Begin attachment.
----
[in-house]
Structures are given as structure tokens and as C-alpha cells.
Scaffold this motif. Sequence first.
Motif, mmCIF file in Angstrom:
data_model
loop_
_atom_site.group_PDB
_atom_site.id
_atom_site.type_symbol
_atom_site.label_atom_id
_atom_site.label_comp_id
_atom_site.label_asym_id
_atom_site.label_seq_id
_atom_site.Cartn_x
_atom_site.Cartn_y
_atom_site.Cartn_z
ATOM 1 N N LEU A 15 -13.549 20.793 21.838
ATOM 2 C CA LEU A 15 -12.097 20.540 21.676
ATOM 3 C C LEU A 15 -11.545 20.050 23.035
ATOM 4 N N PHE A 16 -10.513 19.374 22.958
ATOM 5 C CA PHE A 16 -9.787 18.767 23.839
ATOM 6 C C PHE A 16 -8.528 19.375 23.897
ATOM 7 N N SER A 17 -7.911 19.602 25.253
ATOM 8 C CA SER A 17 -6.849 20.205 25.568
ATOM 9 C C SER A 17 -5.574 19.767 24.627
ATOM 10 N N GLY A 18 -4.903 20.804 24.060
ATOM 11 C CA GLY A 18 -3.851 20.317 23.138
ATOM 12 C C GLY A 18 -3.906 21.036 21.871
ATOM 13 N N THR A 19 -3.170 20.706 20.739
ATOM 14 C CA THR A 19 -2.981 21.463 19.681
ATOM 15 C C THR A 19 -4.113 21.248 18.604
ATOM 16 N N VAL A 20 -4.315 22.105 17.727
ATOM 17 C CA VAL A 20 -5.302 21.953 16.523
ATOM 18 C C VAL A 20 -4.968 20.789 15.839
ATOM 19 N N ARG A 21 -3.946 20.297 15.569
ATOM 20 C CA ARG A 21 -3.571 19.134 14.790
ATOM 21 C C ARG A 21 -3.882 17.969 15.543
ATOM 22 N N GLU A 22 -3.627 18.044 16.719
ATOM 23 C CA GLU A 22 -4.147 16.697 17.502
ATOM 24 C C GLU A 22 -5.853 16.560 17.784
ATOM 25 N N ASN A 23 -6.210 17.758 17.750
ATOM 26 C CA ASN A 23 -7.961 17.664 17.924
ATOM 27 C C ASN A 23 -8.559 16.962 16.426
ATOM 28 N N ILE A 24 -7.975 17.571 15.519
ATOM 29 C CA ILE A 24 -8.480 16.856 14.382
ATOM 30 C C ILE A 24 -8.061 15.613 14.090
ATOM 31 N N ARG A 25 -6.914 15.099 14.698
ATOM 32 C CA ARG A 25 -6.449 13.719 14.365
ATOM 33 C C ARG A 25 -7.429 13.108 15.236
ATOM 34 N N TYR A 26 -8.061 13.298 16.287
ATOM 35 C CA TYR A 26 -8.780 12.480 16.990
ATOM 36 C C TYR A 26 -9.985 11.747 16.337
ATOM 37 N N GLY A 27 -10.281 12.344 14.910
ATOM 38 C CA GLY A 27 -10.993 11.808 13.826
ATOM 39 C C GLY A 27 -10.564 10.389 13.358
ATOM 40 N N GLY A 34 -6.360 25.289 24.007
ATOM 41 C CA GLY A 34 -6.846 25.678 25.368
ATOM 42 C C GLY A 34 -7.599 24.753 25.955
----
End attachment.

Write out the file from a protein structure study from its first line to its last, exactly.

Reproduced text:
[in-house]
Structures are given as structure tokens and as C-alpha cells.
Scaffold this motif. Sequence first.
Motif, mmCIF file in Angstrom:
data_model
loop_
_atom_site.group_PDB
_atom_site.id
_atom_site.type_symbol
_atom_site.label_atom_id
_atom_site.label_comp_id
_atom_site.label_asym_id
_atom_site.label_seq_id
_atom_site.Cartn_x
_atom_site.Cartn_y
_atom_site.Cartn_z
ATOM 1 N N LEU A 15 -13.549 20.793 21.838
ATOM 2 C CA LEU A 15 -12.097 20.540 21.676
ATOM 3 C C LEU A 15 -11.545 20.050 23.035
ATOM 4 N N PHE A 16 -10.513 19.374 22.958
ATOM 5 C CA PHE A 16 -9.787 18.767 23.839
ATOM 6 C C PHE A 16 -8.528 19.375 23.897
ATOM 7 N N SER A 17 -7.911 19.602 25.253
ATOM 8 C CA SER A 17 -6.849 20.205 25.568
ATOM 9 C C SER A 17 -5.574 19.767 24.627
ATOM 10 N N GLY A 18 -4.903 20.804 24.060
ATOM 11 C CA GLY A 18 -3.851 20.317 23.138
ATOM 12 C C GLY A 18 -3.906 21.036 21.871
ATOM 13 N N THR A 19 -3.170 20.706 20.739
ATOM 14 C CA THR A 19 -2.981 21.463 19.681
ATOM 15 C C THR A 19 -4.113 21.248 18.604
ATOM 16 N N VAL A 20 -4.315 22.105 17.727
ATOM 17 C CA VAL A 20 -5.302 21.953 16.523
ATOM 18 C C VAL A 20 -4.968 20.789 15.839
ATOM 19 N N ARG A 21 -3.946 20.297 15.569
ATOM 20 C CA ARG A 21 -3.571 19.134 14.790
ATOM 21 C C ARG A 21 -3.882 17.969 15.543
ATOM 22 N N GLU A 22 -3.627 18.044 16.719
ATOM 23 C CA GLU A 22 -4.147 16.697 17.502
ATOM 24 C C GLU A 22 -5.853 16.560 17.784
ATOM 25 N N ASN A 23 -6.210 17.758 17.750
ATOM 26 C CA ASN A 23 -7.961 17.664 17.924
ATOM 27 C C ASN A 23 -8.559 16.962 16.426
ATOM 28 N N ILE A 24 -7.975 17.571 15.519
ATOM 29 C CA ILE A 24 -8.480 16.856 14.382
ATOM 30 C C ILE A 24 -8.061 15.613 14.090
ATOM 31 N N ARG A 25 -6.914 15.099 14.698
ATOM 32 C CA ARG A 25 -6.449 13.719 14.365
ATOM 33 C C ARG A 25 -7.429 13.108 15.236
ATOM 34 N N TYR A 26 -8.061 13.298 16.287
ATOM 35 C CA TYR A 26 -8.780 12.480 16.990
ATOM 36 C C TYR A 26 -9.985 11.747 16.337
ATOM 37 N N GLY A 27 -10.281 12.344 14.910
ATOM 38 C CA GLY A 27 -10.993 11.808 13.826
ATOM 39 C C GLY A 27 -10.564 10.389 13.358
ATOM 40 N N GLY A 34 -6.360 25.289 24.007
ATOM 41 C CA GLY A 34 -6.846 25.678 25.368
ATOM 42 C C GLY A 34 -7.599 24.753 25.955